Андрей Илларионов (aillarionov) wrote,
Андрей Илларионов

Августовские пушки 2008-го. Информация о книге

The Guns of August 2008. Russia's War in Georgia 

Edited by Svante E. Cornell and S. Frederick Starr

M.E. Sharpe, New York, June 2009, 290pp.

In the summer of 2008, a conflict that appeared to have begun in the breakaway Georgian territory of South Ossetia rapidly escalated to become the most significant crisis in European security in a decade. The implications of the Russian‑Georgian war will be understood differently depending on one’s narrative of what transpired and perspective on the broader context.

This book is designed to present the facts about the events of August 2008 along with comprehensive coverage of the background to those events. It brings together a wealth of expertise on the South Caucasus and Russian foreign policy, with contributions by Russian, Georgian, European, and American experts on the region.

Book flyer

Ordering information


1. Introduction
Svante E. Cornell and S. Frederick Starr

2. The Paradox of Living in Paradise: Georgia’s Descent into Chaos
Thomas Goltz

3. Georgian‑Russian Relations in the 1990s

Thornike Gordadze

4. The Russian Leadership’s Preparation for War, 1999‑2008
Andrei Illarionov

5. Georgia’s Rose Revolution: The Break with the Past
Niklas Nilsson

6. From Neglect to Duress: The West and the Georgian Crisis Before the 2008 War
Stephen Blank

7. The Saakashvili Administration’s Reaction to Russian Policies Before the 2008 War
David Smith

8. From Sukhumi to Tskhinvali: The Path to War in Georgia
Johanna Popjanevski

9. After August 7: The Escalation of the Russia‑Georgia War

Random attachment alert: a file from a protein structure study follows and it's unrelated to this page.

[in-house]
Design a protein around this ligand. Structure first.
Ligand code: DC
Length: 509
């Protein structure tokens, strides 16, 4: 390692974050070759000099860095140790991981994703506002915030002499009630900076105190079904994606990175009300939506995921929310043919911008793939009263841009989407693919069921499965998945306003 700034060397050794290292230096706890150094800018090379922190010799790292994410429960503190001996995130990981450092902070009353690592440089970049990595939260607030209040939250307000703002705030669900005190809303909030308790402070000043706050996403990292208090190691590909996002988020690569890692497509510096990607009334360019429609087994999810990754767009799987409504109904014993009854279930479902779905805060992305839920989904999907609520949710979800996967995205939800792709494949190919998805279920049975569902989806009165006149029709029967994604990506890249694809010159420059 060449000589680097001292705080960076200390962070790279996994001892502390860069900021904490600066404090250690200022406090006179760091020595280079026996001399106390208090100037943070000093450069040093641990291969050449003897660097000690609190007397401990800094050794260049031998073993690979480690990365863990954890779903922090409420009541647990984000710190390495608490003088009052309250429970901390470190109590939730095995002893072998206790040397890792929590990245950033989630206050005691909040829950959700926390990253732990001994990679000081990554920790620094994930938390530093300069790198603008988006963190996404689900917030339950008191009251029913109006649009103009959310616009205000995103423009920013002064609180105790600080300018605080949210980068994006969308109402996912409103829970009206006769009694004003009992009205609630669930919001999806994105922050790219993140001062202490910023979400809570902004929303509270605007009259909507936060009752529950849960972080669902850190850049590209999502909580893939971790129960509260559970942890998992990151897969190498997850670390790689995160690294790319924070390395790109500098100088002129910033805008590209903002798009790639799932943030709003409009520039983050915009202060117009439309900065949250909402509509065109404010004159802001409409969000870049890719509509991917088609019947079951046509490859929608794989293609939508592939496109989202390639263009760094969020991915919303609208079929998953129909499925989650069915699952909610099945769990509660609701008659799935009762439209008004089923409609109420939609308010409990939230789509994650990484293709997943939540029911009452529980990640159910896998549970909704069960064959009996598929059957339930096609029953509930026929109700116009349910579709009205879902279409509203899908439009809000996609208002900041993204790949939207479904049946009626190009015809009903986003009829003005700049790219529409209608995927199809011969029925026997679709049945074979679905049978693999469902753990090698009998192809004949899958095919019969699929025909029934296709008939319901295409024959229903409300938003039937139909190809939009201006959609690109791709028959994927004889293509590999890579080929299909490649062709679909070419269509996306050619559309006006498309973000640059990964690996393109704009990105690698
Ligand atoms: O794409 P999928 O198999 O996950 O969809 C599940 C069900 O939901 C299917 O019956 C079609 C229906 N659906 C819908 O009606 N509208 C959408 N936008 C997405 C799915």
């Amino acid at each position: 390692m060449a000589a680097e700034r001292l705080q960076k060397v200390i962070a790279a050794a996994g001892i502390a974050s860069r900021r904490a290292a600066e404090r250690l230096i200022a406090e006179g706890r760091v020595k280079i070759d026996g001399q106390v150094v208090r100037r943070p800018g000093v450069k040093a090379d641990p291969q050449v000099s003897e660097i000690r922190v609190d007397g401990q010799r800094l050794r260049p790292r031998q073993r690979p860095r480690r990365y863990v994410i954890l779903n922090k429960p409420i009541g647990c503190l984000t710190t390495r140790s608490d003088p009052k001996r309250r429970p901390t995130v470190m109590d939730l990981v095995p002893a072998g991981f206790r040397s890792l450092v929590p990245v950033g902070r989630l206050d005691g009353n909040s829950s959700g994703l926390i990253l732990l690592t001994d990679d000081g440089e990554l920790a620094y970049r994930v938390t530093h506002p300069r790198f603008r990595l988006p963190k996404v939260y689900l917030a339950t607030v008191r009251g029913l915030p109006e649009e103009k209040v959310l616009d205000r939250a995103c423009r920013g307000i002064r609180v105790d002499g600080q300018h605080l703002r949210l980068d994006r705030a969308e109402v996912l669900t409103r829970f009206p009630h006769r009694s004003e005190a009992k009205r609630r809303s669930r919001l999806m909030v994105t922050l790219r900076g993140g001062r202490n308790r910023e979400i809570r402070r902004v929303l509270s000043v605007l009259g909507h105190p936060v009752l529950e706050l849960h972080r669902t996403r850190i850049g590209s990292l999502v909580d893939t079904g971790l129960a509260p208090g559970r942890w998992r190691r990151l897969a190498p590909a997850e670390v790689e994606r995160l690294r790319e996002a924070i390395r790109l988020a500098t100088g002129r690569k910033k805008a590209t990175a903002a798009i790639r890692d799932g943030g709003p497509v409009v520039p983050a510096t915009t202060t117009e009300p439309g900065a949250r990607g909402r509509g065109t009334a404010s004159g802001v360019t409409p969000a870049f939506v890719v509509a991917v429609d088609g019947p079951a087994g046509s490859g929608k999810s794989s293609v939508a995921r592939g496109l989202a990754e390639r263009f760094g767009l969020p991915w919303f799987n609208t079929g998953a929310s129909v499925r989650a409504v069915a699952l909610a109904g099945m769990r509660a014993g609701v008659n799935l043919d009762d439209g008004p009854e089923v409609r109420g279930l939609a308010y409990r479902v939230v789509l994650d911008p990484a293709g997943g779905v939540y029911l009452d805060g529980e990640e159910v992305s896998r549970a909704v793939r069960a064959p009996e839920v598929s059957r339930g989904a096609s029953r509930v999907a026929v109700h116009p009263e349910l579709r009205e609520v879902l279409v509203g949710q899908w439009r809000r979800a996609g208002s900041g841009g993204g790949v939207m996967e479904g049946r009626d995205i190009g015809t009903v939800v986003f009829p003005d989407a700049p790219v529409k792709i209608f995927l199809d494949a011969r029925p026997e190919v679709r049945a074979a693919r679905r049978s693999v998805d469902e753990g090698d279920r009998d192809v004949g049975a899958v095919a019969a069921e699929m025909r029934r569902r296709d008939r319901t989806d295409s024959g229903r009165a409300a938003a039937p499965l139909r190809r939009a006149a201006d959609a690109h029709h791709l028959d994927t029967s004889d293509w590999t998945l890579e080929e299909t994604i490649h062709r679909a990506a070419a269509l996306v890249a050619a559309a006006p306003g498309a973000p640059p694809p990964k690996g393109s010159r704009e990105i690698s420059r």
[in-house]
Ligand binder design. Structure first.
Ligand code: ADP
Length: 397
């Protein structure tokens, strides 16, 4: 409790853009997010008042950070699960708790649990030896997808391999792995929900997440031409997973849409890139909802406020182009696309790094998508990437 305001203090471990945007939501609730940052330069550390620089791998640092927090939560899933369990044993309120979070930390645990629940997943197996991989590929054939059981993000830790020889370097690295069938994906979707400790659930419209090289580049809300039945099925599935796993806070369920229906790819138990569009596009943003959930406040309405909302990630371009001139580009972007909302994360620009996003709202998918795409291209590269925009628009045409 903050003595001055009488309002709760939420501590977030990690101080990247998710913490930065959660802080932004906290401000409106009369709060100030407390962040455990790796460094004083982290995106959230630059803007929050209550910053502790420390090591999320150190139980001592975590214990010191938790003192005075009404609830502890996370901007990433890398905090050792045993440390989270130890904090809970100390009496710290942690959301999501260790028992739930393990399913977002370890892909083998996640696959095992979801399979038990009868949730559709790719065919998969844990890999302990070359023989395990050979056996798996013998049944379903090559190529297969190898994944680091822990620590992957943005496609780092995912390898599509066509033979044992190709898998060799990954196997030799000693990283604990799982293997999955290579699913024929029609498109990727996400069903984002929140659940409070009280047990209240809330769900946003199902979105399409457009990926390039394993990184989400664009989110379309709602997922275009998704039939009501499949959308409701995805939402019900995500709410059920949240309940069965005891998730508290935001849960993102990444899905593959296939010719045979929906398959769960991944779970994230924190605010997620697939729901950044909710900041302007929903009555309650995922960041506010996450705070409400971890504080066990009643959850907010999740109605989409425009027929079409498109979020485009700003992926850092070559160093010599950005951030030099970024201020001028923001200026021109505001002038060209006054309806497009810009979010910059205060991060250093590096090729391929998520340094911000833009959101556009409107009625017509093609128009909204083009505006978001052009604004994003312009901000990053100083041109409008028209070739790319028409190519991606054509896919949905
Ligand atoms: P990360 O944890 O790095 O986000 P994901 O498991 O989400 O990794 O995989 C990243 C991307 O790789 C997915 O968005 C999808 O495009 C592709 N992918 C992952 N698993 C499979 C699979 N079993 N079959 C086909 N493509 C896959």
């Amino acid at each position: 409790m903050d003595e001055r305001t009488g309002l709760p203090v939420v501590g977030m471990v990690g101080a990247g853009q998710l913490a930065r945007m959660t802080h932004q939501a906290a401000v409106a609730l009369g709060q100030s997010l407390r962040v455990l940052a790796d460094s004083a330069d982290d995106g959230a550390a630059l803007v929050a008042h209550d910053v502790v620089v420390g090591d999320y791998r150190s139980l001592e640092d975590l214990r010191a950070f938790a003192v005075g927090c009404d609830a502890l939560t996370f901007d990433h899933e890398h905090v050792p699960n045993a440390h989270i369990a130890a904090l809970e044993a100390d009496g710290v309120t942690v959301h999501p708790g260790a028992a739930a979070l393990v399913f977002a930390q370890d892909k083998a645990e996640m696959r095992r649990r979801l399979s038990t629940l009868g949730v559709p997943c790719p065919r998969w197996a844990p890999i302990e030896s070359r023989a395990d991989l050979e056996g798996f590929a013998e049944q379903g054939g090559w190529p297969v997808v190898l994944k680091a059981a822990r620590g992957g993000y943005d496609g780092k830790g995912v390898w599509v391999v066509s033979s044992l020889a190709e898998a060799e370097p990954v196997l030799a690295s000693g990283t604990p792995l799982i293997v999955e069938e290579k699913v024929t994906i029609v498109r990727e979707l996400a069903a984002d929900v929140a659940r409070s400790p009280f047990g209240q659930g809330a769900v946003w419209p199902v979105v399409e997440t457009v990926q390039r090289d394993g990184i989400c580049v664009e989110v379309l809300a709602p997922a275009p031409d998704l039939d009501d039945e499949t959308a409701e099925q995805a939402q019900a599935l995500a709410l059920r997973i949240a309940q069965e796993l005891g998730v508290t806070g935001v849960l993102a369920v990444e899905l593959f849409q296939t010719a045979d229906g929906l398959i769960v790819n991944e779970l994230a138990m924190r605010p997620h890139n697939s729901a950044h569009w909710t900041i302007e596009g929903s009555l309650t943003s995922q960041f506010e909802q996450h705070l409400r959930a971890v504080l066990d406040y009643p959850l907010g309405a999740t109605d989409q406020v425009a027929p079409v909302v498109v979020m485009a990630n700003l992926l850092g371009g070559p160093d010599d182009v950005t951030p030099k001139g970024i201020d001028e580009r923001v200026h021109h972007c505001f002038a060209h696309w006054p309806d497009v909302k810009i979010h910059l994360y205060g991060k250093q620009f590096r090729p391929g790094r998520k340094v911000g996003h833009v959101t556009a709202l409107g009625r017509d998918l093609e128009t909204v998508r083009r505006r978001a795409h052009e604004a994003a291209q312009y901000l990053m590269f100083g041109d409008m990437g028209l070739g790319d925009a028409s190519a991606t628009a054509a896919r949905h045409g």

Pavel Felgenhauer

10. Defining Victory and Defeat: The Information War Between Russia and Georgia

Paul Goble

11. The External Implications of the Russia‑Georgia War
James Sherr



Praise for the Guns of August 2008:

“This is an important work that places the Russian invasion of Georgia into the larger context of Russian policy since the demise of the Soviet Union. It deserves wide readership among policymakers, specialists, and all those who seek to understand the background, conduct and consequences of the war Russia chose to wage against its small,  democratic neighbor in August 2008.”                                                      — John McCain, U.S. Senator
“This commendable volume brings together a group of leading specialists on the Southern Caucasus and Russia’s role therein. The results are superb. The book is essential reading for those who want an easy way to get a clear and balanced understanding of the Georgian crisis of 2008 and its legacies.”                                                   — S. Neil MacFarlane, Oxford University
“This volume is an important contribution to the understanding of one of the most dangerous episodes of the protracted ending of the Cold War. The analyses by some of the foremost Western and Russian experts hold lessons for policymakers everywhere. The contributions will be useful for the European Union in meeting the multiple challenges of overcoming the consequences of the war, preventing confrontation in the future, and building closer ties with the region.” 
  — Peter Semneby, EU Special Representative for the South Caucasus
“The co‑editors have assembled a first‑rate collection of essays shedding light on the factors underlying the Russo‑Georgian war of August 2008. The war itself and its political aftermath are also discussed in illuminating fashion.”                                                                                        
— John B. Dunlop, Senior Fellow, The Hoover Institution
“The Guns of August 2008 offers a deep analysis of the Russian‑Georgian war of August 2008 and the developments which preceded and underlay it. The book helpfully corrects an erroneous urban legend that Georgia started the war. In July 2008,  Russia’s military conducted a full field exercise of an invasion and then  launched the real thing. It leads to the disturbing conclusions that Russia may go beyond Georgia to subdue other neighbors, and that it may again use force against Georgia.”
                                     —William H. Courtney, Former U.S. Ambassador to Georgia



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